Re: [Pppext] Future of the PPP WG

Vernon Schryver <> Sun, 11 September 2011 14:21 UTC

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Date: Sun, 11 Sep 2011 14:22:55 GMT
From: Vernon Schryver <>
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Subject: Re: [Pppext] Future of the PPP WG
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> From: Glen Zorn <>

> >
> Well, this is all good fun, in a US/Euro-centric kind of way, but it
> would be good to remember that in a very large part of the world our
> "theme song" is a still a vital part of the Internet & is likely to
> remain so for a considerable period of time.  This email will make the
> first hop of its journey over (the much maligned) PPPoE, for example;
> not everybody lives in advanced countries such as S. Korea (the
> connectivity of which should make both the French and Americans hang
> their heads in shame).  In short, PPP is far from obsolete.

I don't think the thrust of that claim is entirely accurate.  Do people
outside advanced countries use dialup modems or wireless?  Have you
noticed the lack of modems and serial ports on modern portable computers?
That you can still buy a USB modem doesn't make PPP less obsolete than
floppy disks.  Last month I bought a USB modem so that I can dial with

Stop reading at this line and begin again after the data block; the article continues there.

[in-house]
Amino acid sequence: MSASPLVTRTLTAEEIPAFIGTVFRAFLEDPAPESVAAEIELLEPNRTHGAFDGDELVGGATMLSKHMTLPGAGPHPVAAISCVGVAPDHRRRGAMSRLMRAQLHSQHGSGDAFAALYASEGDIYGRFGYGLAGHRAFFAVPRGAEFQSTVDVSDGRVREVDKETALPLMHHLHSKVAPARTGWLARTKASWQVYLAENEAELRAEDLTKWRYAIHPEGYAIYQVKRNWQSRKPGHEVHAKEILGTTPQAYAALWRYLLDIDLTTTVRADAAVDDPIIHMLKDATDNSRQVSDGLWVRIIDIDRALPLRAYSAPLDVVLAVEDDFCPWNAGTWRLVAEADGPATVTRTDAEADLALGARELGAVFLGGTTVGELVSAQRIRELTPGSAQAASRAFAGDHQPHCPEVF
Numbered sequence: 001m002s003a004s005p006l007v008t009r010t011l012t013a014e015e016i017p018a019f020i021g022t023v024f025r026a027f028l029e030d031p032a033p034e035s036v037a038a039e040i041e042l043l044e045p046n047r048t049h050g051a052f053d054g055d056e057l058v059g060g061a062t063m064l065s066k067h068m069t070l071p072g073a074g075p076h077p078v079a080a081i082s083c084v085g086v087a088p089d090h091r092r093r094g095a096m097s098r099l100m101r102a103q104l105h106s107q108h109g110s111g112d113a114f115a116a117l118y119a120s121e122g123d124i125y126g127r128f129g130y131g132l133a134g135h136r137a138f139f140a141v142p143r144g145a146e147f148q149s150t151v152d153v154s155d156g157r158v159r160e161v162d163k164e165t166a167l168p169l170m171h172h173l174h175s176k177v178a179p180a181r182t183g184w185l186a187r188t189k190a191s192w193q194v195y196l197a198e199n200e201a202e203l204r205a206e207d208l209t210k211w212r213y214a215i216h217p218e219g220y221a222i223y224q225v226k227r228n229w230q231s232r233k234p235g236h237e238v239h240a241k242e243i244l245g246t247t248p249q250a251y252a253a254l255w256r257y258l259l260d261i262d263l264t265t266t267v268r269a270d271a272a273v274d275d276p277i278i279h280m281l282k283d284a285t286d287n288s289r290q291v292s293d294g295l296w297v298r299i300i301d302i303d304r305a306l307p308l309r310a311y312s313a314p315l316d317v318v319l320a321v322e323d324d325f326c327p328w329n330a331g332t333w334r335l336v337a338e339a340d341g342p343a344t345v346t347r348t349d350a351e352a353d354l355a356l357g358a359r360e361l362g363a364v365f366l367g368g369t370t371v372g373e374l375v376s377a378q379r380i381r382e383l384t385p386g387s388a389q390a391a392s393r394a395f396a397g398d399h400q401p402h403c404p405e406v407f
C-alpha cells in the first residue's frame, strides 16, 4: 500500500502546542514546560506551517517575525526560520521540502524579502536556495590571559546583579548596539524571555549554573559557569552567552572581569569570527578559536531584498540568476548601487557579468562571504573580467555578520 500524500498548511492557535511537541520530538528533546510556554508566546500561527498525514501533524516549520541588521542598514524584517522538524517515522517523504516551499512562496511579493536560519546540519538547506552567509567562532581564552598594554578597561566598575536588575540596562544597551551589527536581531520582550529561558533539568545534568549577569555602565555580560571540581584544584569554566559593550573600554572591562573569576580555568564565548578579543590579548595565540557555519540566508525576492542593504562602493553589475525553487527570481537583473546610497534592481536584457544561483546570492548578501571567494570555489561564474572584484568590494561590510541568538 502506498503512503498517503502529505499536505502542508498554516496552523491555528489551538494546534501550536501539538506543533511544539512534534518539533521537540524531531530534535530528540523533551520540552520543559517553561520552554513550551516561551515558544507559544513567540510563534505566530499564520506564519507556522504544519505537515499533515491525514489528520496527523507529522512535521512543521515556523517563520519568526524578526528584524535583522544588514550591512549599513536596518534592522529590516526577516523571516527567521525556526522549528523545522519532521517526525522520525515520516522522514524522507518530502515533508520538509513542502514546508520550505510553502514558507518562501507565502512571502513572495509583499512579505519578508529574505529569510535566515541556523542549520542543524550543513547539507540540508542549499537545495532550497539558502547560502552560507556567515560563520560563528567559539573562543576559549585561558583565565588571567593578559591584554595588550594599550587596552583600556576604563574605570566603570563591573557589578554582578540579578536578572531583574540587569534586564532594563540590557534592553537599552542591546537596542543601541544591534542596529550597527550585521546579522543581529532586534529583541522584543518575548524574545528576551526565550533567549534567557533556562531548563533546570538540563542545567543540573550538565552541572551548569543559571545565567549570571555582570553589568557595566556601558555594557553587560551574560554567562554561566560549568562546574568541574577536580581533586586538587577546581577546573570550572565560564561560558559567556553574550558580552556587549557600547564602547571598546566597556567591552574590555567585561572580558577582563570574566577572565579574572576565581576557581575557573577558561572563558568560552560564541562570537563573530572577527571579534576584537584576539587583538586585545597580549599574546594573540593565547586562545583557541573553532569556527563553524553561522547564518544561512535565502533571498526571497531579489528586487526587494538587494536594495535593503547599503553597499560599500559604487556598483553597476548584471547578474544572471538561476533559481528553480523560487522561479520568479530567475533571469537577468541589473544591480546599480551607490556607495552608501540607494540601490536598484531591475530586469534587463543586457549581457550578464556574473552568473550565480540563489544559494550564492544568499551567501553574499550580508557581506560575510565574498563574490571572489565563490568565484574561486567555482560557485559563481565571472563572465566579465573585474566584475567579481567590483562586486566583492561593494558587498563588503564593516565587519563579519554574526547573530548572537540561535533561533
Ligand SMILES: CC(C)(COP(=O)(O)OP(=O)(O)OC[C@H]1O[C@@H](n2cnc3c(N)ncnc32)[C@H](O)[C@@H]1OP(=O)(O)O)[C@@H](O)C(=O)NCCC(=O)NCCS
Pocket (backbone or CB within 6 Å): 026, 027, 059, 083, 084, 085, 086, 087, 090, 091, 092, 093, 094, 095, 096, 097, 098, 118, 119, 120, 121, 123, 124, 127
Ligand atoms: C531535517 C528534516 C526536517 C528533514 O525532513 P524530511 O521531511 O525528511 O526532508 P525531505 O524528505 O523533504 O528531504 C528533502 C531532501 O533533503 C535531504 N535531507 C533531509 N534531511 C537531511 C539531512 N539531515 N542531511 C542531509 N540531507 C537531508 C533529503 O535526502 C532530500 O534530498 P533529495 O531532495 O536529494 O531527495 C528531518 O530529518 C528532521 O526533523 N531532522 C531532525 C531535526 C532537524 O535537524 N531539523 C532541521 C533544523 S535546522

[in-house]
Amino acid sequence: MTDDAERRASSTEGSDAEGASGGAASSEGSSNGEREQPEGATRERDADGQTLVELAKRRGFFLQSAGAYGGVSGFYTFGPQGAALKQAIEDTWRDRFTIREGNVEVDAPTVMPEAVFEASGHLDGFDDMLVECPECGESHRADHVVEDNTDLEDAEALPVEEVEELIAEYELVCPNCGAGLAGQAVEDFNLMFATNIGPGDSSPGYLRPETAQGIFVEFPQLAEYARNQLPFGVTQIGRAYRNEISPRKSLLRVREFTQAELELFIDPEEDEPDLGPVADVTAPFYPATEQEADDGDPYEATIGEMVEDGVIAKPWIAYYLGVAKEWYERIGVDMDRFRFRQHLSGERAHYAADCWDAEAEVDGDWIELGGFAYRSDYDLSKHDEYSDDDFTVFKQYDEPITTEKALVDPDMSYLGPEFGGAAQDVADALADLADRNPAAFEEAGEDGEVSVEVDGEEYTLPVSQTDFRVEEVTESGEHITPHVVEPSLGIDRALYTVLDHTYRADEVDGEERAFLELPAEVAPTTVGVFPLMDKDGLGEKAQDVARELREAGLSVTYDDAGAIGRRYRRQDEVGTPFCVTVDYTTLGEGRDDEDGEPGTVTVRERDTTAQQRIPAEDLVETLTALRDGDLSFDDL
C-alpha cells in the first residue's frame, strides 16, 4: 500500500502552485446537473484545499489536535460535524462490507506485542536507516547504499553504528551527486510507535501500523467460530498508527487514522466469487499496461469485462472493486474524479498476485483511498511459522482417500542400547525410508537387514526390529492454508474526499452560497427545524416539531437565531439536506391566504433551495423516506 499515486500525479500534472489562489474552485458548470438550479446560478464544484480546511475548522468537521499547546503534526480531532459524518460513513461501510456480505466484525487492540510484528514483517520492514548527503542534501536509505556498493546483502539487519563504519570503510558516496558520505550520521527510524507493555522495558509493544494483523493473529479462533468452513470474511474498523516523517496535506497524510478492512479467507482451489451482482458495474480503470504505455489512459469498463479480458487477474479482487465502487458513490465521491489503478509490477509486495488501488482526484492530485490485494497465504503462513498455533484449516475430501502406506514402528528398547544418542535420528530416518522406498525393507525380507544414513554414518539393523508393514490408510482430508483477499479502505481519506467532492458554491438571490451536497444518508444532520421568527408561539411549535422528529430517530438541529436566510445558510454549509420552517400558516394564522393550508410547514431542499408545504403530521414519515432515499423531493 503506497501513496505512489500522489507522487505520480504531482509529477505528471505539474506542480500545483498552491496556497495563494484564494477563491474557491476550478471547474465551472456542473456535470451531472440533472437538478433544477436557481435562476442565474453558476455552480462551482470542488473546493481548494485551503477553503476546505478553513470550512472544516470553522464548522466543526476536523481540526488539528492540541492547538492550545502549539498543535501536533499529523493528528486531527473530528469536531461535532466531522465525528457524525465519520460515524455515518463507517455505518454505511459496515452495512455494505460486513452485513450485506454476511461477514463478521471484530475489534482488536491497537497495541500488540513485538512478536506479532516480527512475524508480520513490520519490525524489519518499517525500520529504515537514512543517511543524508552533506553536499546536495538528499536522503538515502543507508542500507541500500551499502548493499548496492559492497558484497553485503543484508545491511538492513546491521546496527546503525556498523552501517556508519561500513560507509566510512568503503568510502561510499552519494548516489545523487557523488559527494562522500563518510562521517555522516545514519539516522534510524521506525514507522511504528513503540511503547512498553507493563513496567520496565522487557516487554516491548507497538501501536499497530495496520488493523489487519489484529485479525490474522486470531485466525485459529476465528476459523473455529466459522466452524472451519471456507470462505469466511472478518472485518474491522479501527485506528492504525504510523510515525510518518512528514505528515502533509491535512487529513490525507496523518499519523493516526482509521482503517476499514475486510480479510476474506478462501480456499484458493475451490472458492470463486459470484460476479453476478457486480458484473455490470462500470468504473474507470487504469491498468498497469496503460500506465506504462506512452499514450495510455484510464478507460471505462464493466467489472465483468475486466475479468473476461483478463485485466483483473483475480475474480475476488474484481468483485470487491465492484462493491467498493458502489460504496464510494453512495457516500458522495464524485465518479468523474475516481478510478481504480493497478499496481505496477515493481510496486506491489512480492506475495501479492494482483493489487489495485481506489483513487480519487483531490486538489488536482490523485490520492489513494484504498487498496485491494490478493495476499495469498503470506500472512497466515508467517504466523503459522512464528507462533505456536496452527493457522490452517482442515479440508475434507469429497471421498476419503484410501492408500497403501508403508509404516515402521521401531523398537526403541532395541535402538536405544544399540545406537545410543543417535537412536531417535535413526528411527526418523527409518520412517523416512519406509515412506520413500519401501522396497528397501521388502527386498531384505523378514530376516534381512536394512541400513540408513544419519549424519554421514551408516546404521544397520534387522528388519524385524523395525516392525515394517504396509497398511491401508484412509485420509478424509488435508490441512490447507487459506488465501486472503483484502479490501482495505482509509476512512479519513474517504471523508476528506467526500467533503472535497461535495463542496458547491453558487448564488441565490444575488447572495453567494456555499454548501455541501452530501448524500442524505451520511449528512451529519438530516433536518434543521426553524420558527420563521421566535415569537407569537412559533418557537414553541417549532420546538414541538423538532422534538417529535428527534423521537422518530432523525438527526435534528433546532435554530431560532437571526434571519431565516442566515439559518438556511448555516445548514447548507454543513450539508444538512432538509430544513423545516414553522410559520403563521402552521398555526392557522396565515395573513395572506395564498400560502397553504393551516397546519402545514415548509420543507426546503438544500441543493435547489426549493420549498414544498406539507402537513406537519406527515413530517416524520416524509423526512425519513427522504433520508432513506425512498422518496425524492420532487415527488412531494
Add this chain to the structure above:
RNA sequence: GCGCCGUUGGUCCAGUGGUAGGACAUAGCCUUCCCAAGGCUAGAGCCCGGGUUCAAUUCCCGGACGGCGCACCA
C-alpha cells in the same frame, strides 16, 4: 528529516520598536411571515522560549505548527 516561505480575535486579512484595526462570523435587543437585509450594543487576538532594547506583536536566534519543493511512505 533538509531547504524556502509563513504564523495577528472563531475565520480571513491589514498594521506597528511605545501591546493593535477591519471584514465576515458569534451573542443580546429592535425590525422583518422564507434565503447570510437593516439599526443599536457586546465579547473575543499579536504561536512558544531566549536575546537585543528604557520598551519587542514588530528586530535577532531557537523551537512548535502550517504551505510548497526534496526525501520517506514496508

my new portable, but that is mostly sign of my failure to move with
the times.  The salesman wasn't clear about what I wanted, and I didn't
find a lot of choices.  Somewhere I also have a USB floppy drive.

How would reissuing PPP RFCs with new security boilerplate help
anyone except the authors of the new RFCs?  What would people working
on PPP code do differently if the PPP RFCs had modern security
sections?  How many people are working on implementations of PPPoE
or any other flavor of PPP code?

If moving the never deployed PPP RFCs to Historic and reissuing the
rest with new security sections were all that would happen, it would
be only a dubious effort.  But there would be irresistible pressures
to to fix CHAP, MP, and even IPCP.  The replacements, delivered after
years of wrangling (and no implementations), would be as ill considered
as PAP, PPPoE, and the recently proposed IS-IS security fix.  If against
all likelihood they were eventually deployed, they'd be discovered to
be as insecure as many of the wireless security schemes and cause
interoperabilty problems as the PPPoE MTU still does.

The primary defense against those "improvements" would the fact
that no one (especially not the new RFC authors) would implement
them and fewer would deploy them.

Once upon a time, the IETF produced protocols to fill clear and
present user needs and demands.  Ostensibly fixing PPP with new
security words is the sort of idle hands standards committee
exercise that destroyed the ISO OSI protocol suite.

Vernon Schryver